Colombian-Canadian musician Lido Pimienta takes her talents to television with Lido TV, her one-of-a-kind take on variety shows
In the past year alone, the vivacious multi-hyphenate synthpop artist Lido Pimienta has scored a performance for the New York City Ballet and appeared on stages from Portugal to Portland to the Prairies. Now, the Polaris-winning polymath is hitting the small screen with a new CBC variety show, Lido TV, premiering this month. The series aims to serve as a coping mechanism for those feeling the weight of the world, employing amusingly unorthodox formats—a sunflower puppet naively asking about International Women’s Day (“it’s kind of a complicated subject,” Pimienta replies), a game show called Canada’s Top Land Acknowledgers. Like Pimienta herself, Lido TV radiators and rages with a knowing wink.
When I first heard Pimienta’s music more than a decade ago, on the NPR podcast Alt.Latino, she was an overseas festival-circuit darling routinely name-dropped on blogs chronicling the sprawling sonic galaxy of the Latin American indie underground. The unconstrained timbre of her otherworldly soprano was revelatory, especially alongside Canada’s then-prevailing musical homogeneity. With her new show, Pimienta’s bombastic presence shakes things up again.
Replete with a Technicolor soundstage set and musical guests such as Nelly Furtado and Shad, plus a cast of characters including a pair of anthropomorphized tomatoes, Lido TV evokes the off-kilter sensibility of 1980s Saturday-morning TV, particularly Pee Wee’s Playhouse—that is, if Pee-wee Herman had a penchant for surrealist political edutainment. Pimienta intersperses short comedic sketches with documentary travelogues and interviews with insightful guests. Along the way, she imparts lessons on wide-ranging topics like feminism, success and Canada’s billion-dollar mineral extraction operations in Colombia.
In the first episode, our titular impresario visits a record store in her hometown of Barranquilla, Colombia, one among several Caribbean port cities that became spawning grounds for the genre-spanning Afro-Antillean music tradition. “Places like this have been looted by people all over the world,” laments the store’s proprietor. In a brief yet pointed exchange, he and Pimienta sum up the cultural legacy of colonial theft and appropriation.
The record store vignette comprises just a few minutes of the series’ debut episode, but it cuts to the core of Pimienta’s creative arc, particularly as it evolved in dialogue with mainstream Canadian discourse. Pimienta may be a winner of Canada’s most prestigious music prize and now running her own show on the national public broadcaster, but she’s still learning to reconcile the whole of who she is, as a person and an artist, with what the culture at large is willing to see. “There’s always this pressure, this weight on me, like I can’t just be an artist,” Pimienta tells me. “Because I’m an immigrant and Brown, I have to be seen as a revolutionary. I could be making art about unicorns and rainbows, and it would be seen as the unicorns and rainbows of the revolution.”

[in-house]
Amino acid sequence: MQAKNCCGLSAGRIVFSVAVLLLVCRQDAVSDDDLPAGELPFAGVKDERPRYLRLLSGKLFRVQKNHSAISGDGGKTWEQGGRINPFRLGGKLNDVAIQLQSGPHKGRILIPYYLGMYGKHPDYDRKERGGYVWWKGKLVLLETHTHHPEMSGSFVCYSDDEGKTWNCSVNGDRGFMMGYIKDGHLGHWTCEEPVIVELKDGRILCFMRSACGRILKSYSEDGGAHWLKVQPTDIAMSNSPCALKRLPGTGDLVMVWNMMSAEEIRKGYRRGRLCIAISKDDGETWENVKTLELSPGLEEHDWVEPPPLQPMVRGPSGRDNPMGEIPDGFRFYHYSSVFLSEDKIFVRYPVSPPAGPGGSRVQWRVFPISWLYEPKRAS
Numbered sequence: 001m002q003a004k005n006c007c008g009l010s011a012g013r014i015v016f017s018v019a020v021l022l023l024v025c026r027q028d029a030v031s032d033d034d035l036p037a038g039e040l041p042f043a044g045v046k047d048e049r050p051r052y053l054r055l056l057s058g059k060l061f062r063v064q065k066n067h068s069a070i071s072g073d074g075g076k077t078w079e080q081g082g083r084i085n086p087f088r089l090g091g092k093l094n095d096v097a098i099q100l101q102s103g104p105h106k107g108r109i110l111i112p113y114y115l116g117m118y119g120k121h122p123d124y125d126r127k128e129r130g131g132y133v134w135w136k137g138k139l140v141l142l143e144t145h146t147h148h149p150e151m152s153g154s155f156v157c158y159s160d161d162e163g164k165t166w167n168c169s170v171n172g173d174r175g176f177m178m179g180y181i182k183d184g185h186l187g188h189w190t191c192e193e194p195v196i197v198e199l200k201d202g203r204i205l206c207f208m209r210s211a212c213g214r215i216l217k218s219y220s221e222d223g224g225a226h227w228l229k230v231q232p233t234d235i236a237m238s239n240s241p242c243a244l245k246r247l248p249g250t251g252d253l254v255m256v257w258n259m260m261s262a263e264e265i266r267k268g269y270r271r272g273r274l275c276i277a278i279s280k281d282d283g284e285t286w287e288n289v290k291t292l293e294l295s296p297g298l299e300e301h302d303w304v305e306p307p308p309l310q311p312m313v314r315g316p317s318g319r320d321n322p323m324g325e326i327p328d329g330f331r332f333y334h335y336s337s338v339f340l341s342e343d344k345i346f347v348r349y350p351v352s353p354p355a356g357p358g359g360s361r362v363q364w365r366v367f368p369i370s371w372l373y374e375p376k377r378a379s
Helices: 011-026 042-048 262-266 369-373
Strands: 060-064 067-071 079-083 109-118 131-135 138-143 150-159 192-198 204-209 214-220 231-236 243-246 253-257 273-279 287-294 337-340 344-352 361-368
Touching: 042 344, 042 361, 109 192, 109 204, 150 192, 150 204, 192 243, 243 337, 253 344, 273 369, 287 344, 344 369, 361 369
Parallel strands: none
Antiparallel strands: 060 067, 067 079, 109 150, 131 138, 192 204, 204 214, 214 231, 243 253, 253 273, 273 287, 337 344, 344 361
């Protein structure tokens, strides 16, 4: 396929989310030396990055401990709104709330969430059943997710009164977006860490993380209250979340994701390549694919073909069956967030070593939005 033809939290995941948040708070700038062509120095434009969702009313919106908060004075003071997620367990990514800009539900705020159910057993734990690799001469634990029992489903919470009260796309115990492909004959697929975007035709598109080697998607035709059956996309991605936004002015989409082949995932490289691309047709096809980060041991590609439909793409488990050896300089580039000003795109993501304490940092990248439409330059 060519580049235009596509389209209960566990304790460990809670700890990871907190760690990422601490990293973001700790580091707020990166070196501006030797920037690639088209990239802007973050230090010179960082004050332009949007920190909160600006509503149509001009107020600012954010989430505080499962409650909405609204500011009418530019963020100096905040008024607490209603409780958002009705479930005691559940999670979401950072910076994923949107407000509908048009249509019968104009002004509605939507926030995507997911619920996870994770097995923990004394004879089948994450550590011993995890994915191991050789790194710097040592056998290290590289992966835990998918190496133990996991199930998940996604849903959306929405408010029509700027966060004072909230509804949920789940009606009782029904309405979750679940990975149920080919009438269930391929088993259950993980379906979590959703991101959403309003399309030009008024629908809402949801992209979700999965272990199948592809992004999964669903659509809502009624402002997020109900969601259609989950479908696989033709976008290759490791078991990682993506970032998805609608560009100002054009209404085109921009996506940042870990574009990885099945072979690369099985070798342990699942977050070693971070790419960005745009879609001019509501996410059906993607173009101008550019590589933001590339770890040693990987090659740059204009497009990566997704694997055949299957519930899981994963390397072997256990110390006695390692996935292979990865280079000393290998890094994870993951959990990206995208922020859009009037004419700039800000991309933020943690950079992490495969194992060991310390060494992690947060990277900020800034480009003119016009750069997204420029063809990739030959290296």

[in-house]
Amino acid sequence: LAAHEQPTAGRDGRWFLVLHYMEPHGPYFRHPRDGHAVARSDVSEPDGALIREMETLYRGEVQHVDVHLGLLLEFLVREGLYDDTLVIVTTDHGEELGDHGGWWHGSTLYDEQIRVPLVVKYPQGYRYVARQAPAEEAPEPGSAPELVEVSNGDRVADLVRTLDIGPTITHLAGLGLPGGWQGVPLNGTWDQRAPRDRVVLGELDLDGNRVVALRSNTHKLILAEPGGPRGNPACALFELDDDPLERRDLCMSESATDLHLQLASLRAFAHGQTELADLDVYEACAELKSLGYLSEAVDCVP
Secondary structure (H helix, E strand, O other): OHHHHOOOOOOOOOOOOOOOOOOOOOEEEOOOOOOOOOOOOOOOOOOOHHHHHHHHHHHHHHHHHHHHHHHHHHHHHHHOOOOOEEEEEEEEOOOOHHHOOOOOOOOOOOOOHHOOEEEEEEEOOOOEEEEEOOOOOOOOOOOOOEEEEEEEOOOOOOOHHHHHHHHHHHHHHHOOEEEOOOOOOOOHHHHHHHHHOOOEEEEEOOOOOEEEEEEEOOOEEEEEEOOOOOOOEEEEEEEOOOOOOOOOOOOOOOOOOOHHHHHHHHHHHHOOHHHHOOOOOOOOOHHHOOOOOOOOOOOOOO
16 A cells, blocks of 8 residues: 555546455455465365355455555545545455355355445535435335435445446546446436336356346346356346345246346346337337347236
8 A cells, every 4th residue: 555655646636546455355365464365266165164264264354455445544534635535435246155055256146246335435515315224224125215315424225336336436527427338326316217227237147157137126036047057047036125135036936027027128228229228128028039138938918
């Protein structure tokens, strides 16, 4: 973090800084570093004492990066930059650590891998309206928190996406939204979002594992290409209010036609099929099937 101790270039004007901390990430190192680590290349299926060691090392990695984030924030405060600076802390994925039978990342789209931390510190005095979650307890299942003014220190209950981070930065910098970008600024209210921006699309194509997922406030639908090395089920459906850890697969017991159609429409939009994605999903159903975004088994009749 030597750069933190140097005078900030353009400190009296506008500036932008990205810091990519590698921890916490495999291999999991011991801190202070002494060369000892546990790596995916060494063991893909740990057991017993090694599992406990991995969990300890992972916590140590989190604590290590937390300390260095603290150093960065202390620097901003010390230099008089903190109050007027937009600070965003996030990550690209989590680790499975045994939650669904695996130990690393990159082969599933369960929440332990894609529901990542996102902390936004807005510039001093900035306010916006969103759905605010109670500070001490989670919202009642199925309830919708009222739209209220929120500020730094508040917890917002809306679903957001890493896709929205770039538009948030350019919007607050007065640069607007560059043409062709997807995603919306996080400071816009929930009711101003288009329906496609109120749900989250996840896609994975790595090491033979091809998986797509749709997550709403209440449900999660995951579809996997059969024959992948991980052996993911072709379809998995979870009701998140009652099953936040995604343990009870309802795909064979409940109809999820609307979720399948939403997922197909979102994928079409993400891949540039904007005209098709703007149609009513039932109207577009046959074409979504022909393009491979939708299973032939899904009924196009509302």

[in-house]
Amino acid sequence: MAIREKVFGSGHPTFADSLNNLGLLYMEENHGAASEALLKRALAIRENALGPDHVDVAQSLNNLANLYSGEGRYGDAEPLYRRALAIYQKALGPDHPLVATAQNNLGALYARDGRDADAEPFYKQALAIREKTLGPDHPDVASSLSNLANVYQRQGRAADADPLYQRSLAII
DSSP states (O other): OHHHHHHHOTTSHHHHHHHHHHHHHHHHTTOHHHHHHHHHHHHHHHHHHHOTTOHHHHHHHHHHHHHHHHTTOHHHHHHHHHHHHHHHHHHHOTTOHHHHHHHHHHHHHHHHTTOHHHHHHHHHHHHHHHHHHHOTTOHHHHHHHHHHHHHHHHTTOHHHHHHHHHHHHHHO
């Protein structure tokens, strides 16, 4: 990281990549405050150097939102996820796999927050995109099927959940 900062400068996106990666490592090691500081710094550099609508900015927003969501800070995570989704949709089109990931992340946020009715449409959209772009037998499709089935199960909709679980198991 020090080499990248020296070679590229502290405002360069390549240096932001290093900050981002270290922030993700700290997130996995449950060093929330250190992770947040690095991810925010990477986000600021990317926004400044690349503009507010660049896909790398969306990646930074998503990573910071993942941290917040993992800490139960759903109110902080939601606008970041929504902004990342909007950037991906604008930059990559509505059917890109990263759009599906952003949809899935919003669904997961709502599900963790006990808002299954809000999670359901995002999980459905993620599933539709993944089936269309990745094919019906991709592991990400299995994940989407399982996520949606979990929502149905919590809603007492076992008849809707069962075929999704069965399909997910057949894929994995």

After watching the first few episodes of Lido TV, I suspect this pressure isn’t going away soon. But there are unicorns and rainbows, sometimes. While the show confronts heavy subjects, it’s also funny. In one scene, Pimienta and Furtado, who strums a pink guitar while Pimienta turns the pages of a children’s book, sing the ABCs—A for apple, B for baby. When they get to C, cacophonous noise disrupts their soothing voices before Pimienta reveals, her face sardonically maniacal, that C stands for colonialism. “We might talk about the government spending taxpayer dollars on things we don’t really need, but we’ll do it as an ASMR parody,” Pimienta says, laughing.
The series relies on unhinged provocation to skirt the mortal sin of didacticism. In a sketch about beauty standards, a woman ponders whether a Brazilian butt lift would last into the eternal afterlife. An interview with the metal band Kittie turns into a singalong about the toxic online “manosphere.” There’s even a young man whose erotic awakening is sparked by watching a woman churn butter—a sketch that surely pushes CBC’s lewdness limits. “Humour can be a beautiful olive branch,” says Pimienta.
In Lido TV, Pimienta’s art-school eccentricities distort the public’s expectations like a funhouse mirror. Pimienta dutifully assumes the position of case study in the show’s discussions of gender inequity and racism. Yet there’s a bratty subversiveness in Lido TV‘s hodgepodge presentation, as though daring anyone to define her by the sum of her identities. It’s all a bit surreal for Pimienta, having free rein to distill her proprietary blend of whimsy and political discontent for a television audience—on behalf of the CBC, to boot. “I think we’re at a crossroads in Canada, where people are finally excited to talk about what really goes on without sugarcoating it,” she says. “This show lets us focus on who we are now, diverse and culturally abundant. We want it to be a show for everybody.”